The trouble is, you need to decide just what type of POS system you need and what hardware components you should buy for it. Here are some of the most common options:
- Tablets – An iPad or Android tablet is a favorite for many who’d like a POS system on the go because it doesn’t require high upfront costs. If you want to opt for refurbished iPads, the price is between $170 – 300 each. An Android tablet is typically less expensive, and you can purchase new ones for a similar cost of refurbished iPads.
- Monitors – If you don’t need a portable but a stationary POS terminal, then a touchscreen monitor is better than a tablet. Their price starts from $160 – 190, depending on the screen size you want.
- Card Readers – You can’t run a business without a card payment system. Credit card readers vary in type and price, from smaller, portable ones at $20 – 90, to stand-alone card readers at $115 – 185 each. Keep in mind that you will also have to pay credit card processing fees, as explained below.
- Receipt Printers – If you have to print receipts (instead of, say, emailing them), you will need a receipt printer. A stationary one is priced at $155 – 545, while portable printers are more expensive. A kitchen printer for a restaurant is between $310 – 390.
- Barcode Scanners – Out of all the products on this list, barcode scanners vary in price the most. You can choose between a small or medium one for $50 – 200. If you need a large supermarket scanner that is fully customized for your business, be prepared to invest upwards of $2k.
- Cash Drawers – For handling various amounts of cash, cash drawers of different sizes cost from $50 – 150, though ones with an adjoined receipt printer could go up to $470.
Payment Processing Fees
Once you’ve decided on the type of software and hardware you want, you should also consider different payment processors. A payment processor is a third-party service that charges you a fee every time a customer pays for something on your POS system with a card.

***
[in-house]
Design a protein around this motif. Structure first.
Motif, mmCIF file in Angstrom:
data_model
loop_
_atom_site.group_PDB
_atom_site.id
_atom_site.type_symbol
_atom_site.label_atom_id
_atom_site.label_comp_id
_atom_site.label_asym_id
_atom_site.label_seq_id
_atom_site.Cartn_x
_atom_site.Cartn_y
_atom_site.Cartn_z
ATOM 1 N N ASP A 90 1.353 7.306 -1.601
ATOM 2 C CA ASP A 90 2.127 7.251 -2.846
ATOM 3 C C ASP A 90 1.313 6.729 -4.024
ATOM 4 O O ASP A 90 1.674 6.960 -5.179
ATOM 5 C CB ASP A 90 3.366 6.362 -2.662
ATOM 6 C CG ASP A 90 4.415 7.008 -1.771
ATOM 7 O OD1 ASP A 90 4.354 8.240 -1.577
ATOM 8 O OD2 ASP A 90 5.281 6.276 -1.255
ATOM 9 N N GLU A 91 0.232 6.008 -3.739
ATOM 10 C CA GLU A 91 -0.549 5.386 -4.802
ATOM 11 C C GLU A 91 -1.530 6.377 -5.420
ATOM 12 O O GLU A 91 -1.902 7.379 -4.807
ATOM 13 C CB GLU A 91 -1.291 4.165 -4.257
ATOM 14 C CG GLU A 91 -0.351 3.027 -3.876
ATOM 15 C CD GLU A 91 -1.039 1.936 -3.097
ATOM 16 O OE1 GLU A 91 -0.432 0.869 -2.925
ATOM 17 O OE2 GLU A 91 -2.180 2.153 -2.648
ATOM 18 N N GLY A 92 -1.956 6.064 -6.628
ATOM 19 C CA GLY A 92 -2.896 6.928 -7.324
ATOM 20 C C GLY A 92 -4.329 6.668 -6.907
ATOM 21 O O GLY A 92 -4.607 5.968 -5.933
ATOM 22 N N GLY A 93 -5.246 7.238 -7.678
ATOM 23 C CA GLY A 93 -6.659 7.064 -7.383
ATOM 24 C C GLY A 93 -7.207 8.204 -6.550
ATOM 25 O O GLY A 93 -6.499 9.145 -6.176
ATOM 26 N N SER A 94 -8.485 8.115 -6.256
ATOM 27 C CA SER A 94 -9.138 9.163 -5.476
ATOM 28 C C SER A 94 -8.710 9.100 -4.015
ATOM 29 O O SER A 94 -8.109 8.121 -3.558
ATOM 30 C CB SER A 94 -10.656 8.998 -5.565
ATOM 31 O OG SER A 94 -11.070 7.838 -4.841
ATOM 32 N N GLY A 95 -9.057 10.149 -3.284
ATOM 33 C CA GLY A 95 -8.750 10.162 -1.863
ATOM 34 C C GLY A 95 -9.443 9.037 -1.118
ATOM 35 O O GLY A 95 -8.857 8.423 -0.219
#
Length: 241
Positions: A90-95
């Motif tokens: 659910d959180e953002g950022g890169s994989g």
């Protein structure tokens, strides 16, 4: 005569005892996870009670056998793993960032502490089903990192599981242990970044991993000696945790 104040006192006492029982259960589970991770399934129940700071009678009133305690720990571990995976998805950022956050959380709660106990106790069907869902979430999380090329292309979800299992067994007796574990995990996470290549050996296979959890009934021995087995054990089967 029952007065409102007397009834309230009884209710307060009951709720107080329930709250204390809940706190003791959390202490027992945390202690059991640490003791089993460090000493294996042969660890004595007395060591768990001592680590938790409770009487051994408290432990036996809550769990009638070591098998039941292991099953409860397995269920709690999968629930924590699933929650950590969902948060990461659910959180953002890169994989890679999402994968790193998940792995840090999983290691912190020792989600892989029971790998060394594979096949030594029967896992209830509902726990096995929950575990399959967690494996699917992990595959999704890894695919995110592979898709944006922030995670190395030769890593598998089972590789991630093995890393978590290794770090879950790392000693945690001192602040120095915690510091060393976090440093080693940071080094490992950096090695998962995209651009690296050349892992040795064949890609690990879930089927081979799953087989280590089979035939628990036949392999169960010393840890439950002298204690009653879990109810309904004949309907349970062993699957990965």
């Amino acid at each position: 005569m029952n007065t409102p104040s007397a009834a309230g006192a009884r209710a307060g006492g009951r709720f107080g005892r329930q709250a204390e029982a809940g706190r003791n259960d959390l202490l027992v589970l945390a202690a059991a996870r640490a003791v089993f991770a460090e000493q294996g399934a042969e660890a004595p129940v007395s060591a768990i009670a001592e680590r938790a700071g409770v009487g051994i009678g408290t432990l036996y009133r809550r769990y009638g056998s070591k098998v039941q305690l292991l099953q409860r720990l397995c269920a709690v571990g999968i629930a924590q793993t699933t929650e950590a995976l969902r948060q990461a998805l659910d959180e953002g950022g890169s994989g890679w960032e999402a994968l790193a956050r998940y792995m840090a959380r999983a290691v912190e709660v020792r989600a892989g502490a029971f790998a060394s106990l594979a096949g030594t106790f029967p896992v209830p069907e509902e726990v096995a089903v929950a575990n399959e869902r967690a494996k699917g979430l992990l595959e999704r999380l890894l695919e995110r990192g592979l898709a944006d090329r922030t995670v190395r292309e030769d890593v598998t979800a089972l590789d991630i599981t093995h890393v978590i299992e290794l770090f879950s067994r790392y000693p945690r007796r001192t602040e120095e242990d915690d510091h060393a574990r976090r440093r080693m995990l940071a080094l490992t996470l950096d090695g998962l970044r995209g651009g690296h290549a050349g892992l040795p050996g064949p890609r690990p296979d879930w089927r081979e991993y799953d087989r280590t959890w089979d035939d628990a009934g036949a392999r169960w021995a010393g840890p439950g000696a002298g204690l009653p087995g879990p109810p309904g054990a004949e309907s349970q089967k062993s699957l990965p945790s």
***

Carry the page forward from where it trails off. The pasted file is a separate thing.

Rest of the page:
Some POS software options come with their own payment processors. These charge you the standard software monthly fee and an additional payment processing fee in the form of a percentage per transaction. It’s usually not more than 2.4% per transaction.
Total POS System Costs
The total POS system cost is different for every business. A small business may pay as little as $1200, while a large enterprise may have to shell out $6500 or more.
You may be tempted by a number of hardware bundles out there, but make sure to check whether buying the individual components of the bundle isn’t less expensive than the bundle itself. It has been known to happen. Research all the different brands and POS suppliers and compare POS system prices. There’s extensive information available on restaurant POS systems and retail POS systems, as these are the two most sought-after types.
Some providers offer special discounts for customization, so take advantage of that.
If you already have a POS system and are looking for an upgrade, ensure that the one you’re buying is indeed an improvement. Select useful management features that you didn’t have before and a reporting system that will transform your business. That way, you will earn back the money you invest in expensive new POS equipment in record time.
Make a final decision based on a strategic plan and research, not on what sounds the most technologically advanced or the least expensive. POS systems are powerful business tools that can help you in ways you might not even imagine. If you have money to spare, don’t simply reach for the cheapest option. Take some time to go over your business goals and strategy and find a hardware and software set-up that will support them for years to come.
We at Bonita Payments would be glad to help your business thrive. Our POS solutions are designed to be efficient, reliable, and tailored to each business we collaborate with. Whatever your needs are – be it stationary or portable POS terminals – we can work together to create a solution that will seamlessly fit in with your business strategy. Contact us through our website for more information on Bonita Payments and POS systems.